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Crafting Excellence: Drinks to Make with Bourbon

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Bourbon is one of the most popular and versatile spirits in the world, with a rich history and a distinctive flavour profile. In this blog post, we will explore some of the best drinks to make with bourbon, and share some tips on how to elevate your mixology skills with this great American whiskey.

What makes bourbon so adaptable and diverse as a cocktail ingredient?

We asked WSET Spirits Business Development Manager Charlie McCarthy, to share his insights on the production and maturation of bourbon, and how they affect its flavour and character. He explained that there are many reasons why bourbon is so versatile as a cocktail spirit. “Because of its low distillation strength, it carries a lot of aromatic intensity, which means it stands up well when mixed with other robust ingredients like in a Boulevardier. The different proportions of grains used across bourbon mash bills means that bartenders who understand their bourbons have a very broad palate of flavours and textures to select from when making classic cocktails. And the impact of sour mash (aka back set) and the various proprietary yeast strains produces a wonderful selection of fruity aromas from fermentation to inspire playful new drinks design.”

Charlie also pointed out that the ageing process of bourbon adds another layer of complexity and variety to the spirit. “Because every bourbon must be aged in new charred oak, it could be tempting to assume that the wood influence would dominate. But bourbon aficionados know that once you factor in how that new oak balances out the robust texture of the white dog (new make spirit) plus the array of choices that can be made from char levels to barrel placement in the rick house, the resulting variety in the category makes bourbon an ideal spirit for mixing.”

With this in mind, we take a look at five classic cocktails that bring out the very best in this legendary whiskey style.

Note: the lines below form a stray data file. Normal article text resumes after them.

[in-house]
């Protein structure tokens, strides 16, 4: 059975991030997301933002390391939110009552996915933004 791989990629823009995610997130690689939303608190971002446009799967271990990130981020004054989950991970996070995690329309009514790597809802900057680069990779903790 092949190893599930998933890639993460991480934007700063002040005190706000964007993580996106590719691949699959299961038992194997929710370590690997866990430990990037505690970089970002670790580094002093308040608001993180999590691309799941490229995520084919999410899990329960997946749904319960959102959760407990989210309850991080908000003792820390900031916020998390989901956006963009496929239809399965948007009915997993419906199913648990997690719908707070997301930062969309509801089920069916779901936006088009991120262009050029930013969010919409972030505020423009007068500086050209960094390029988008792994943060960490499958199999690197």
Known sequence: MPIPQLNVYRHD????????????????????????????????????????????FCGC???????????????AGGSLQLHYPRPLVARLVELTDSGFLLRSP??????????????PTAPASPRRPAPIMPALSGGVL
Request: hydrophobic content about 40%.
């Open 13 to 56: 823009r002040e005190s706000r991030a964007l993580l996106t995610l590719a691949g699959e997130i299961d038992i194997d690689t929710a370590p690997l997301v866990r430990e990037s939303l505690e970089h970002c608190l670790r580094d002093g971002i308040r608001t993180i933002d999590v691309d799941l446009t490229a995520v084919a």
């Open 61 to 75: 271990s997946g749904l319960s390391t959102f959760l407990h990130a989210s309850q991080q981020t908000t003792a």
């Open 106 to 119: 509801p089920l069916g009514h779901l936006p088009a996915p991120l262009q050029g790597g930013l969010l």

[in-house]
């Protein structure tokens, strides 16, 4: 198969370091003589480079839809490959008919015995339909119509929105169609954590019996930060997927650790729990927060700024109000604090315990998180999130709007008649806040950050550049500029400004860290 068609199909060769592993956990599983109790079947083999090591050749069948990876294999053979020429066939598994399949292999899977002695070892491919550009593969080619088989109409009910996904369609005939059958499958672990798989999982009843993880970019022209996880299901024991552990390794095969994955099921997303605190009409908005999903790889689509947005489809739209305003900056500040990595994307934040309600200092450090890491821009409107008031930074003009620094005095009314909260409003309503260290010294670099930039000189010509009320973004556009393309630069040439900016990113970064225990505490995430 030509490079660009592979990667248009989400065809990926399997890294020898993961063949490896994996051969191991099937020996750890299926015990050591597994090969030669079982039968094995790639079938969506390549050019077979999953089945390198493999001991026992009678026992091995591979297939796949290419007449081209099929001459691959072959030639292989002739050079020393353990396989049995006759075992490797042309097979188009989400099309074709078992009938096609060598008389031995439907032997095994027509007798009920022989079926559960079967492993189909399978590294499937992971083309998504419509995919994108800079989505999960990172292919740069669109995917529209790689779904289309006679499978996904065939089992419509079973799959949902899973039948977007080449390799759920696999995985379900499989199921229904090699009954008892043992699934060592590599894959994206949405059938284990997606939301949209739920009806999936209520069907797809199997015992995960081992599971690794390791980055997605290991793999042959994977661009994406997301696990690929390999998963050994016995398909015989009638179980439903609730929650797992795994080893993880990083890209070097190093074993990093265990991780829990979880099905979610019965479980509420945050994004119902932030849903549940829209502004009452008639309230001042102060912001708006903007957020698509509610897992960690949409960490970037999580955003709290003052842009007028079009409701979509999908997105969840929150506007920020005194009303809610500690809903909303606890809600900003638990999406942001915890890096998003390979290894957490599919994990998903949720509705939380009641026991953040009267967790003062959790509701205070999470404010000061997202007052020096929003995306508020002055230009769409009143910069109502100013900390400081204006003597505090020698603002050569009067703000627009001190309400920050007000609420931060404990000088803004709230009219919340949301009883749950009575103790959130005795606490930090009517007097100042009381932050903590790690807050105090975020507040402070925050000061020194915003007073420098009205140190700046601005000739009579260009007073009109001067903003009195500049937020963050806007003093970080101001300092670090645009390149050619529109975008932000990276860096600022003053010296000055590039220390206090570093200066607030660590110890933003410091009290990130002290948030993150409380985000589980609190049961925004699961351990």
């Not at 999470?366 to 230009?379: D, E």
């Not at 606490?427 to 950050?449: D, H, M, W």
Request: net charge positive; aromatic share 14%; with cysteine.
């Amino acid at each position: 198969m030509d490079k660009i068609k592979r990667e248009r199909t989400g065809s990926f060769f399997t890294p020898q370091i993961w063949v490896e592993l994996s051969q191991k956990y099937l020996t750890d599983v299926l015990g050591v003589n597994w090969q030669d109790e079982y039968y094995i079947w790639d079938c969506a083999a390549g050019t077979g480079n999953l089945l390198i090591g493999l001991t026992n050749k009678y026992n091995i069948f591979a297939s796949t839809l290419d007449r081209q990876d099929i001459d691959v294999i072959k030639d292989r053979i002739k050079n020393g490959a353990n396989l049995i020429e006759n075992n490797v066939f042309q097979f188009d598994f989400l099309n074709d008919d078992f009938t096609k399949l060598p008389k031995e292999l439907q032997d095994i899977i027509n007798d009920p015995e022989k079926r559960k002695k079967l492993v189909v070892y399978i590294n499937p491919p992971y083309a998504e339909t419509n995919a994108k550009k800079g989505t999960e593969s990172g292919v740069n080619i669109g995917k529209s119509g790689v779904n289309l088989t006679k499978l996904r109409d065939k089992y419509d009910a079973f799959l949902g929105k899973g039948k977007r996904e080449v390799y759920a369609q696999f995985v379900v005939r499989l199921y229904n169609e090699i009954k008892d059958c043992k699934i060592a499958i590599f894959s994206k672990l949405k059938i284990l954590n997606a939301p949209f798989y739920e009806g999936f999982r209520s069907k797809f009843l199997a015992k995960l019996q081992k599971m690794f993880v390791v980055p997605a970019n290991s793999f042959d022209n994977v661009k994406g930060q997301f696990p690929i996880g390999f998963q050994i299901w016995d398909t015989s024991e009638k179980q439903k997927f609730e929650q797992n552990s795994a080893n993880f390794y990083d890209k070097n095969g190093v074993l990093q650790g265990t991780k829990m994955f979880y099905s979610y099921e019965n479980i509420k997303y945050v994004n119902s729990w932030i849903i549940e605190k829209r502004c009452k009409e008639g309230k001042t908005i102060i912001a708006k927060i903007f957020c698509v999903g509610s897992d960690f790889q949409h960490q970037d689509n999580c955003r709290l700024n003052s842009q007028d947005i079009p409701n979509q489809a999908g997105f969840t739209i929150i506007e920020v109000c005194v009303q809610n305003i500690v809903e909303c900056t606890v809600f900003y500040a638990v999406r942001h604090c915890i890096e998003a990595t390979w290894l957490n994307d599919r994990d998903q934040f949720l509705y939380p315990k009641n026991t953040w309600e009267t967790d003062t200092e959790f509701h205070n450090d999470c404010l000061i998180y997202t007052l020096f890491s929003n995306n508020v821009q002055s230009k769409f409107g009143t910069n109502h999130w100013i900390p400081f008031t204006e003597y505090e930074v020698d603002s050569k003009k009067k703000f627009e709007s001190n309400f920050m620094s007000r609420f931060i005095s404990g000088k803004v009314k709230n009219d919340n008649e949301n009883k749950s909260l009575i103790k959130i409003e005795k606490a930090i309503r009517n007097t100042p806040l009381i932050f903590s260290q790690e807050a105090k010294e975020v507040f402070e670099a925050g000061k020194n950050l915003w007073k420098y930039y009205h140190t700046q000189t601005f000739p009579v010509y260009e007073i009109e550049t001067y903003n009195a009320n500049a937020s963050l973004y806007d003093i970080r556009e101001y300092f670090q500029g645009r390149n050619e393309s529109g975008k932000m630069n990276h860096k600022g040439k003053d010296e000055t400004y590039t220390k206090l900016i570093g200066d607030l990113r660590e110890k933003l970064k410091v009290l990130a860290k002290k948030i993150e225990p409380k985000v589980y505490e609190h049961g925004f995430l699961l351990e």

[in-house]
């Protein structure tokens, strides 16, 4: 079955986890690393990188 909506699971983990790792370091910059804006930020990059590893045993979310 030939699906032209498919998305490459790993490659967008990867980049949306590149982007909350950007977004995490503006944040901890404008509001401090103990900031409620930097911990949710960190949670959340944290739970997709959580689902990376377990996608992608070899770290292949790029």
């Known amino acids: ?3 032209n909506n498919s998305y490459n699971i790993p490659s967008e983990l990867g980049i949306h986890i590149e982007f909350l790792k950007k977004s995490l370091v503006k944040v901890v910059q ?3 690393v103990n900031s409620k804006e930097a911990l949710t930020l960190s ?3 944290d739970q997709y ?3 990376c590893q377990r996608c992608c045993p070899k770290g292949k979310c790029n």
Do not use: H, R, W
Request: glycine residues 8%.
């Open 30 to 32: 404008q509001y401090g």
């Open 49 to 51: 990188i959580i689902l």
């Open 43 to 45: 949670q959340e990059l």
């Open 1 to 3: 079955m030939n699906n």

Five Classic Bourbon Cocktails

Mint Julep

Chris Dennis - Rum and Whiskies Brand Ambassador, House of Campari Group UK

Mint julep in a stainless steel cup

The simple elegance of the Mint Julep was originally assembled for medicinal reasons a long, long way away from the cultural bastion of horse racing in the American South.

The medicinal properties that older, perhaps more exotic iterations of this drink evolved into something soothing for the aches and pains of hired hands labouring on horse farms and the wider industry around racing in 1800s America.

This consumption led to one of the most unique codependent relationships in modern cocktail lore; the Mint Julep and Kentucky Derby. Over 100k juleps are served in the blistering heat of the derby and there is some guidance in the way they are drunk we can take into consideration here; short, clean and cold.

At its heart, this is a drink of three stars; bourbon, mint (good mint if you please) and sugar. As a secondary factor but just as important as these core ingredients, the temperature has to be as cold as possible, it is after all, hot out here.


  • 60ml 50% ABV or thereabouts Bourbon (e.g. Bottled-in-Bond)
  • 15ml sugar syrup
  • 5 - 6 fresh mint leaves (plus a sprig for garnish)
  • Optional - a dash of water or bitters


Let the mint and bourbon make friends in a copper cup (stainless steel will also do fine). Add some equal parts golden and white caster sugar syrup (to taste). Muddle together and churn with shaved or crushed ice until the leaves begin to break down.

The bourbon here is the star of the show, those rich white oak notes tempering nicely to the chill and mint to really make this a rounded, thirst-quenching little number.
A dash of water or bitters is optional, but not really needed if you use a good bourbon well.

Old Fashioned

Mikey Pendergast, Whisk(e)y Ambassador at Speciality Brands

Old fashioned cocktail with orange zest

The Old Fashioned is one of the oldest and most revered cocktails in history, dating back to the early 19th century.

According Mikey Pendergast, Whisk(e)y Ambassador at Speciality Brands the cocktail is one of the all-time great classic drinks, “owing its timelessness to a characteristic it shares with other great phenomena such as pizza; even “bad” Old Fashioneds are good.”

“Good ones can be transcendent; complexity can be teased out with myriad ingredients and substitutions, but no matter how you throw it together it will bring a smile to your face.”

“With each ingredient providing something for enjoyment, one of my favourite things about this drink is that no component has to compete with another. Bitters tend to season and spice the alcohol, sugar enriches the mouthfeel, and the whiskey brings a bite, complexity and aroma.”


  • 50ml Bourbon
  • 5 dashes Angostura Bitters
  • 1 teaspoon Maple Syrup
  • Orange zest for garnish


Put all your ingredients into a rocks glass full of ice, stir it with your finger and zest a big piece of orange peel over it. The quality of the Bourbon does all the heavy lifting. Although it seems ham-handed and almost disrespectfully simple, this recipe will create a drink the way it should be presented in a bar.